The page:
HeritageGateway - Home
Site Map
Text size: A A A
You are here: Home > > > > Historic England research records Result
Historic England research recordsPrintable version | About Historic England research records

Historic England Research Records

Hullasey

Hob Uid: 212748
Location :
Gloucestershire
Cotswold
Coates
Grid Ref : ST9732499179
Summary : A deserted Medieval settlement with indication of a Roman predecessor is known from documentary evidence and field visits. Possible Bronze Age, Iron Age or Roman lynchets at the site are visible on aerial photographs and Ordnance Survey mapping. The site is mentioned as a manor in Domesday, it had become the property of Romsey Abbey by the time of Henry I. A chapel mentioned in 1349 was still in existence in the late 18th century, although used as a barn. Excavations in 1907 revealed the remains of three stone built houses and the remains of about thirty more were noted. Structures thought to be ovens were noted and 12th to 15th century pottery recovered, together with a few stray pieces of Romano British ware. Remains of the chapel with 14th century pottery were found in the cattle yard of Hullasey Barn. Possible Bronze Age, Iron Age or Roman lynchets, some over 1m high, were noted within the site and extending into adjacent fields to the south and west. A pair of nearby hollow ways may be related to this site (1515807 and 1515812). The lynchets and hollow ways have been mapped from aerial photographs as part of the Cotswold Hills project of the National Mapping Programme. The Medieval settlement was laid out along a north-south track, which with another track running to the east perhaps relate to an earlier Romano British settlement pattern. Thirty Medieval house sites, some of long house type, and five possible houses were recorded.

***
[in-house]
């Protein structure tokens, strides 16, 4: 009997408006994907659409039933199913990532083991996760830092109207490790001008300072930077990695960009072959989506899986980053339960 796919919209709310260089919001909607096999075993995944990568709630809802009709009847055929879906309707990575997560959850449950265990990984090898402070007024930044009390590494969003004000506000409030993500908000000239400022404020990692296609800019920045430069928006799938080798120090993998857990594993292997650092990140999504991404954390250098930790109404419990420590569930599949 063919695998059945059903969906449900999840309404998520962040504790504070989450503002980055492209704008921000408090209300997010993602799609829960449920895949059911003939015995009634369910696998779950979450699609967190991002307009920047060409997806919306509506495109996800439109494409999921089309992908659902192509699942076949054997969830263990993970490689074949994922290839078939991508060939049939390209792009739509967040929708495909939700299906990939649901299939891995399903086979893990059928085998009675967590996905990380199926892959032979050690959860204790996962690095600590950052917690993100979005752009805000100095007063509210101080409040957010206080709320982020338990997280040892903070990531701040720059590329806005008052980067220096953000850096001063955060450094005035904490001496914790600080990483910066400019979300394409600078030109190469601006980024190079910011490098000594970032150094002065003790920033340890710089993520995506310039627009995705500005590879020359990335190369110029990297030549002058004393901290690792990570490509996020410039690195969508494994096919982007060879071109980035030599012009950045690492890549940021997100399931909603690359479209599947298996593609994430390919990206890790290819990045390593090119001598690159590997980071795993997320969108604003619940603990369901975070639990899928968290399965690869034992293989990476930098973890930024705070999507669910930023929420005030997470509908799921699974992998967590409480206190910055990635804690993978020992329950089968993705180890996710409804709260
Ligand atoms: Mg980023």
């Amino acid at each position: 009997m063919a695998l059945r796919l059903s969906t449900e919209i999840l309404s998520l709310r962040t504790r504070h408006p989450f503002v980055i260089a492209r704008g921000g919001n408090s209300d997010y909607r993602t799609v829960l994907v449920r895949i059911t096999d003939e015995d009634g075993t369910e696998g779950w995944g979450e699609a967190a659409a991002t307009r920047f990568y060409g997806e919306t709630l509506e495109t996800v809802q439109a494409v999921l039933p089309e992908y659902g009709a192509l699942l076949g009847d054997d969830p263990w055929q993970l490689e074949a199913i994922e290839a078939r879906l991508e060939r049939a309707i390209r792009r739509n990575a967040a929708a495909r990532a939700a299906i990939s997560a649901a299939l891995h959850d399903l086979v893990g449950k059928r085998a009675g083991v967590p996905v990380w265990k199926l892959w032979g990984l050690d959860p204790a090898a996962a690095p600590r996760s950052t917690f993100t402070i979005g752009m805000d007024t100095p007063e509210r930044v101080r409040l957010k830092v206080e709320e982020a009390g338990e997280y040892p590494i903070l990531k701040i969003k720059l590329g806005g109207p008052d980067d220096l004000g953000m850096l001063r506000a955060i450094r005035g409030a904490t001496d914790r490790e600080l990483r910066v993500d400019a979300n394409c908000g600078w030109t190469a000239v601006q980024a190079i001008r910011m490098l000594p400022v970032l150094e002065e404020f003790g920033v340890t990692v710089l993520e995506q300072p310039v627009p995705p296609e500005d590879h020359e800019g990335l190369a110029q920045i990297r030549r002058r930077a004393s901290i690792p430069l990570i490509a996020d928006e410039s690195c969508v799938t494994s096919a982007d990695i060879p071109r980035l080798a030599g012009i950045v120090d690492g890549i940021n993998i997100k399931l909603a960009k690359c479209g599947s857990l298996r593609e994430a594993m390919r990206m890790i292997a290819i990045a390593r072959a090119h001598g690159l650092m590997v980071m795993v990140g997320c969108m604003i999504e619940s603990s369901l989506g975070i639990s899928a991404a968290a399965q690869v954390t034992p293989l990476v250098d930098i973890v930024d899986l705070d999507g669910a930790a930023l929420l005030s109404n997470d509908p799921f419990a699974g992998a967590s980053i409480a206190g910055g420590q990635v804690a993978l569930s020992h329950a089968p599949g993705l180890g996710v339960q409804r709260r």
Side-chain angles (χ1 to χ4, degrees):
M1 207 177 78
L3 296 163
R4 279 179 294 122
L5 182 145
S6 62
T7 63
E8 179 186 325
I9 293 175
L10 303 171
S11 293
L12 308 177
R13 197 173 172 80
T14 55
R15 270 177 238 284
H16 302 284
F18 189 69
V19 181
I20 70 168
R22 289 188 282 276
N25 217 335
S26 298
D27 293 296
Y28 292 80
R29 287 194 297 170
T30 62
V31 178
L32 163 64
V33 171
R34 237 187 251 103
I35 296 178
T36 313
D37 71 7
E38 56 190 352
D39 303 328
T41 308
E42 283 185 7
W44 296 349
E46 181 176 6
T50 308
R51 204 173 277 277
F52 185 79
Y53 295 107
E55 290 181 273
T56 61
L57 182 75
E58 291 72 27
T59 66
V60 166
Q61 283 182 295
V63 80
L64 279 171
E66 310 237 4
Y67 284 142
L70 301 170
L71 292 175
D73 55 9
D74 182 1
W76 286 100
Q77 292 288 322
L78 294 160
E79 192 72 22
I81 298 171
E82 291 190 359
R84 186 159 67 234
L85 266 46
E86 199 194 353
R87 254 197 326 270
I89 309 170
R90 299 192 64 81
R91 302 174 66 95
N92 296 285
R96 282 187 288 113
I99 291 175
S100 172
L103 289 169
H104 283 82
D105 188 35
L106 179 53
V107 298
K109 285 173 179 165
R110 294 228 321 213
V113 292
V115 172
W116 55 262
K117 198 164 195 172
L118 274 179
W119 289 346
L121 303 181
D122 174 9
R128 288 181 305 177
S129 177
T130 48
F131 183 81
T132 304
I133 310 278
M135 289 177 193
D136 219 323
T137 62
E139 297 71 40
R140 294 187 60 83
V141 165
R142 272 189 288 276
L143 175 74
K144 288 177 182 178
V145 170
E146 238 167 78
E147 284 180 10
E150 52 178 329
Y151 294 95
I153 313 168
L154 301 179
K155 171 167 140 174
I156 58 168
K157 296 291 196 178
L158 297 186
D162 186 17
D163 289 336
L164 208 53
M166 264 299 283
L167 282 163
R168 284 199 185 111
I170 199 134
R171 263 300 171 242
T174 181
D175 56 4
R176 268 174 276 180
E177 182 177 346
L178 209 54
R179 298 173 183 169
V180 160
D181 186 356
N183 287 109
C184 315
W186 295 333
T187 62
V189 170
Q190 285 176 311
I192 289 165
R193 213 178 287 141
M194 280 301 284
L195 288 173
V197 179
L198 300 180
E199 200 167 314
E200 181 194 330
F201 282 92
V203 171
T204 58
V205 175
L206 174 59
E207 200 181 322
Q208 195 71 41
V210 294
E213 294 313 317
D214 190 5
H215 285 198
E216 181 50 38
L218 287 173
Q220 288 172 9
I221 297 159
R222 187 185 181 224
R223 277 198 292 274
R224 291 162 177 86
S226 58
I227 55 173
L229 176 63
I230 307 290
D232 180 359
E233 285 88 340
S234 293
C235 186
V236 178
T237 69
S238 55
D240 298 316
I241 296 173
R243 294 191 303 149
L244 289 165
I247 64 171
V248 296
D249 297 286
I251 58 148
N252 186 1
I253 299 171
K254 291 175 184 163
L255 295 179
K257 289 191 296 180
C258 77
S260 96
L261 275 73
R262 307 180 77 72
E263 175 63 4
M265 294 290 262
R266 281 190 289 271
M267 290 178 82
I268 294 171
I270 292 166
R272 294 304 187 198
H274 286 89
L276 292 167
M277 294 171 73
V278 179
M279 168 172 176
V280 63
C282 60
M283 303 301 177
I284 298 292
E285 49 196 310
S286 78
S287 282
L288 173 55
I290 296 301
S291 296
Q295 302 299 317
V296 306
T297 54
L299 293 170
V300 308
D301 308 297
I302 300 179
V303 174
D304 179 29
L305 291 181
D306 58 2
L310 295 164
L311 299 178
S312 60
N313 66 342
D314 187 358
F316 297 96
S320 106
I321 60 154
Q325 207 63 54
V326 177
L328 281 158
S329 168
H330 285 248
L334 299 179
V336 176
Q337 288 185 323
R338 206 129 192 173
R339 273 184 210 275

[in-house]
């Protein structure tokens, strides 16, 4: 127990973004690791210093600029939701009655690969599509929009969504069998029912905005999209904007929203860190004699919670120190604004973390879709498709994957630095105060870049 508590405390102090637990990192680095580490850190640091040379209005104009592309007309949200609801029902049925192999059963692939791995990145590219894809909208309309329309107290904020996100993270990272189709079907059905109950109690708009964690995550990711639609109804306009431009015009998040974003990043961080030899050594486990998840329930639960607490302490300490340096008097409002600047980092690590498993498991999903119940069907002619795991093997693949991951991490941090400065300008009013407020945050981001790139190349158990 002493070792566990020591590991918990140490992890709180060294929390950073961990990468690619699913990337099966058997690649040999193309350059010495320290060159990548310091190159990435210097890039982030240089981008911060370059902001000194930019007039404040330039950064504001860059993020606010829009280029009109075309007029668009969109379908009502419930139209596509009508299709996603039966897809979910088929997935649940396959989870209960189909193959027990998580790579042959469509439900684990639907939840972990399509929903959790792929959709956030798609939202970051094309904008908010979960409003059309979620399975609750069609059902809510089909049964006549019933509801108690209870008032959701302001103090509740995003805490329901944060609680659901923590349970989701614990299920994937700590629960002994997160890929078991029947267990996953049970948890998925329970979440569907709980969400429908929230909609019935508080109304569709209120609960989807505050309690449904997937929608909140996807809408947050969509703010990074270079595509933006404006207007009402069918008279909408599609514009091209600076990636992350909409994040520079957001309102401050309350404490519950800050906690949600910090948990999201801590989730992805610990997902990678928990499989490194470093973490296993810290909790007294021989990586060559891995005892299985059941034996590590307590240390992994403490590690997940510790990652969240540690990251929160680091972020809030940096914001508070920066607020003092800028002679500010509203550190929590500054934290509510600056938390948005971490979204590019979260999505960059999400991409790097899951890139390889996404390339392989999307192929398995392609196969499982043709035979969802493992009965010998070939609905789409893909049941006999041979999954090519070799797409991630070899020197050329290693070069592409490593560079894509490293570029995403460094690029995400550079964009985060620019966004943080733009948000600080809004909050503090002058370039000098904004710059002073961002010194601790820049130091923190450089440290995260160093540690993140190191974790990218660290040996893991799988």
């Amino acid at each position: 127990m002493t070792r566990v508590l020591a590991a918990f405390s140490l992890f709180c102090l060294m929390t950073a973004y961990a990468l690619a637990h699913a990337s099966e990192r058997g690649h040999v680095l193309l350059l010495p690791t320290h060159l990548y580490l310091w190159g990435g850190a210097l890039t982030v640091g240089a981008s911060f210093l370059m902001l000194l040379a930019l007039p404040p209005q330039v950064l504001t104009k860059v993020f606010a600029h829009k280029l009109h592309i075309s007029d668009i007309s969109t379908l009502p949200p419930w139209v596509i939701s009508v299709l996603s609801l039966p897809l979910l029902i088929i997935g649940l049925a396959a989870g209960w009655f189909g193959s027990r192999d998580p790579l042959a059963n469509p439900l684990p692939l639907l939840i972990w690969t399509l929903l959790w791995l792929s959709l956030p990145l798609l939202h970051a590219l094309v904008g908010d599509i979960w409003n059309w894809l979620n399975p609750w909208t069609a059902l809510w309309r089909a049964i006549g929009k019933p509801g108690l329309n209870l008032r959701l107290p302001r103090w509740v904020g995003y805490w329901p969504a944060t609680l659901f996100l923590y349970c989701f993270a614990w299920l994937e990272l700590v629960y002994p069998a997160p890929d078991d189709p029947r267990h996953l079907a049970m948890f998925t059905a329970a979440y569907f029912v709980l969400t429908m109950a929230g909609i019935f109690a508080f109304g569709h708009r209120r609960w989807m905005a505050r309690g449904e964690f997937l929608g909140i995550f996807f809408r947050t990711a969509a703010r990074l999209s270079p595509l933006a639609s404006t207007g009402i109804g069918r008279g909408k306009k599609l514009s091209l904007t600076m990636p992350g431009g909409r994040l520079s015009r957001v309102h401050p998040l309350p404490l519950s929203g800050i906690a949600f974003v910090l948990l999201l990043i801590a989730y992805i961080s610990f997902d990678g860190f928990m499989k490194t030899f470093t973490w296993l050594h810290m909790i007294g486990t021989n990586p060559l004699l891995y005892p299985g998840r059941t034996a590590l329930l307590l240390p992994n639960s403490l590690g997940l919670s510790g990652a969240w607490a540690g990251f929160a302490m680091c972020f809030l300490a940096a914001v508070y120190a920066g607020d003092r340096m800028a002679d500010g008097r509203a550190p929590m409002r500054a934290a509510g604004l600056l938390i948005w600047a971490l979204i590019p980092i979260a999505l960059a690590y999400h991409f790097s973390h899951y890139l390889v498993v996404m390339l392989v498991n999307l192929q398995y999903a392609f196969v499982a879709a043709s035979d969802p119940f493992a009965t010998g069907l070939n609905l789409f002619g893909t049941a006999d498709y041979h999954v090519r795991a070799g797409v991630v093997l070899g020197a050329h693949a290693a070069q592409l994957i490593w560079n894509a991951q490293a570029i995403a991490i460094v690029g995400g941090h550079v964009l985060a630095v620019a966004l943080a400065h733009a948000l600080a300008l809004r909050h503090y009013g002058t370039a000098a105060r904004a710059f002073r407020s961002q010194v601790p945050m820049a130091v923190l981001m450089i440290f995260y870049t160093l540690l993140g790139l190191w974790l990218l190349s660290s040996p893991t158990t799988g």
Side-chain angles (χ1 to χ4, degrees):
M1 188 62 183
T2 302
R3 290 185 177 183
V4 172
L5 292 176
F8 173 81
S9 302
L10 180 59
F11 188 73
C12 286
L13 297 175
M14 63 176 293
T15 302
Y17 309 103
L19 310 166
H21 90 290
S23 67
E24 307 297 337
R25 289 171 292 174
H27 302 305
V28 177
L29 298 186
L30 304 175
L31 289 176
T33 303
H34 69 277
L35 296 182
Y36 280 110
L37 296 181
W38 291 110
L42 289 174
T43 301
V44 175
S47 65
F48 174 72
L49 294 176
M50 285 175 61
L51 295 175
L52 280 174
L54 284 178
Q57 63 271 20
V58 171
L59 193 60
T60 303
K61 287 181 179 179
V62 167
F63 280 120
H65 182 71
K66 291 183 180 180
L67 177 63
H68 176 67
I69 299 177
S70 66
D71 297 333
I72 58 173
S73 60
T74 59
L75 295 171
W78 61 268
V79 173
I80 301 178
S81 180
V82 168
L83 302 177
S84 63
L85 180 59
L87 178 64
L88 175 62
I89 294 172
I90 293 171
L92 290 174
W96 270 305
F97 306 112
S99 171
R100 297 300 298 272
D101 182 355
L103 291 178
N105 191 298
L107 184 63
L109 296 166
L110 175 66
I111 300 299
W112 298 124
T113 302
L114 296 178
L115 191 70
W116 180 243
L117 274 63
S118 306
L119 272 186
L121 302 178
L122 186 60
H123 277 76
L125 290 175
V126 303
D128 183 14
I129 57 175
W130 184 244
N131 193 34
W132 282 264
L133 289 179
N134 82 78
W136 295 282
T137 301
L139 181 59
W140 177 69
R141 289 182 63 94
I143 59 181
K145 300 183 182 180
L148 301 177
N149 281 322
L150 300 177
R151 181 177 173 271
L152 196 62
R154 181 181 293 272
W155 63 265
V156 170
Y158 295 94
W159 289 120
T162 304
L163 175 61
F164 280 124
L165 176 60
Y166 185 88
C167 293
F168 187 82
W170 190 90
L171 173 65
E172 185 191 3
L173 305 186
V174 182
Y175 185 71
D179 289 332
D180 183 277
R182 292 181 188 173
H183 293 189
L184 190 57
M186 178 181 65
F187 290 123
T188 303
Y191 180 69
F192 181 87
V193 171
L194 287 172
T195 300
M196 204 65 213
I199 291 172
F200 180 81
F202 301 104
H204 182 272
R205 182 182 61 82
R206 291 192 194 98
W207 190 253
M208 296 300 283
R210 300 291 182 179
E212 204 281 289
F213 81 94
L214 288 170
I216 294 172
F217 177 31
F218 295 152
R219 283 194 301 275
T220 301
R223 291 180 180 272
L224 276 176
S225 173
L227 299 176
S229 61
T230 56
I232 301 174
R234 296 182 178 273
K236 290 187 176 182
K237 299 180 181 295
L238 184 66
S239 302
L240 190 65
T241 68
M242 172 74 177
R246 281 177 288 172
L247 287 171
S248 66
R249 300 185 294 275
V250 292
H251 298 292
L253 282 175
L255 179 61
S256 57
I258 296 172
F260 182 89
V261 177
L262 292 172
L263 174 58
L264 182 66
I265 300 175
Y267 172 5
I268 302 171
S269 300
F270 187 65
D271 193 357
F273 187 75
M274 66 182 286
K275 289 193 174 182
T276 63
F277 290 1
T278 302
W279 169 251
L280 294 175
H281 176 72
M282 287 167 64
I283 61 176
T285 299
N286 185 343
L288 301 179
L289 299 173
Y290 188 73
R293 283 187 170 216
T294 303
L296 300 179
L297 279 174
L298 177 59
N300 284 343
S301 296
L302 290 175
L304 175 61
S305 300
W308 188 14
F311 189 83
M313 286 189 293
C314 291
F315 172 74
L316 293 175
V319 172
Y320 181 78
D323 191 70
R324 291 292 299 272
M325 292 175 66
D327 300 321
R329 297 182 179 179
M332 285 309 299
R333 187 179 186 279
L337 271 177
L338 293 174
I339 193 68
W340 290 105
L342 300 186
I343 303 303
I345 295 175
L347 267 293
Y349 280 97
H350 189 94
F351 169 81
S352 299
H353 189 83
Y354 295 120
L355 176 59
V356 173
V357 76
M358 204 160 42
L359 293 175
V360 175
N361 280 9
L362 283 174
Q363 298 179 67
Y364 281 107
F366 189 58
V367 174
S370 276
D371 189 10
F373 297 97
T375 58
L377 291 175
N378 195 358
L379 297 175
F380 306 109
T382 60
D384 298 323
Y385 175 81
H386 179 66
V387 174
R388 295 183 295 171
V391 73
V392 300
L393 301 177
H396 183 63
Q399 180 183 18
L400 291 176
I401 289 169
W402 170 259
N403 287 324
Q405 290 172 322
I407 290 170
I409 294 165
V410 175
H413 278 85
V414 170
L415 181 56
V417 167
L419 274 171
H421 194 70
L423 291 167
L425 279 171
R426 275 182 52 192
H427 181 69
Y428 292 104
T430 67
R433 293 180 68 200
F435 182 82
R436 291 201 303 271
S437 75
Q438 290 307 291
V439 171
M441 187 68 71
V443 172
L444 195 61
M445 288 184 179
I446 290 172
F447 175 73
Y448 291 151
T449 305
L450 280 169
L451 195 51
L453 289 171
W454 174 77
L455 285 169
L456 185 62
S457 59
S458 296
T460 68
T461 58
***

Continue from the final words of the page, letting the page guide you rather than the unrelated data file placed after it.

More information : ST 974993 Site of (NAT) Hullacide (NR) (Saxon Hamlet)
(NAT) (1)

The deserted medieval village of Hullasey, occurring as a manor
under the form 'Hunlafsed' (Hunlaf's Hyde) in the Domesday survey,
had become the property of Romsey Abbey by the time of Henry I.
A chapel there, mentioned in 1349, was still in existence in Rudder's
time though used as a barn. Excavations in 1907 by St Clair Baddeley
revealed the remains of several dwellings, and structures thought
to be ovens, with pottery dating from 12th to 15th century, and a
few stray pieces of Romano-British ware. Three houses built mainly of
undressed oolite stone were uncovered (Nos 1, 2 and 3 on plan, at
ST 97399919, ST 97319917 and ST 97339931 respectively), and the
remains of about thirty more were noted. Baddeley also found the
remains of the chapel, with 14th century pottery, in the cattle yard
of Hullasey Barn (ST 97169913). Some pottery from the site is in
Cirencester Museum. Nothing visible on air photographs - site mainly
obscured by trees. (2-8)

Area centred ST 973992. Situated on a gentle N facing slope in good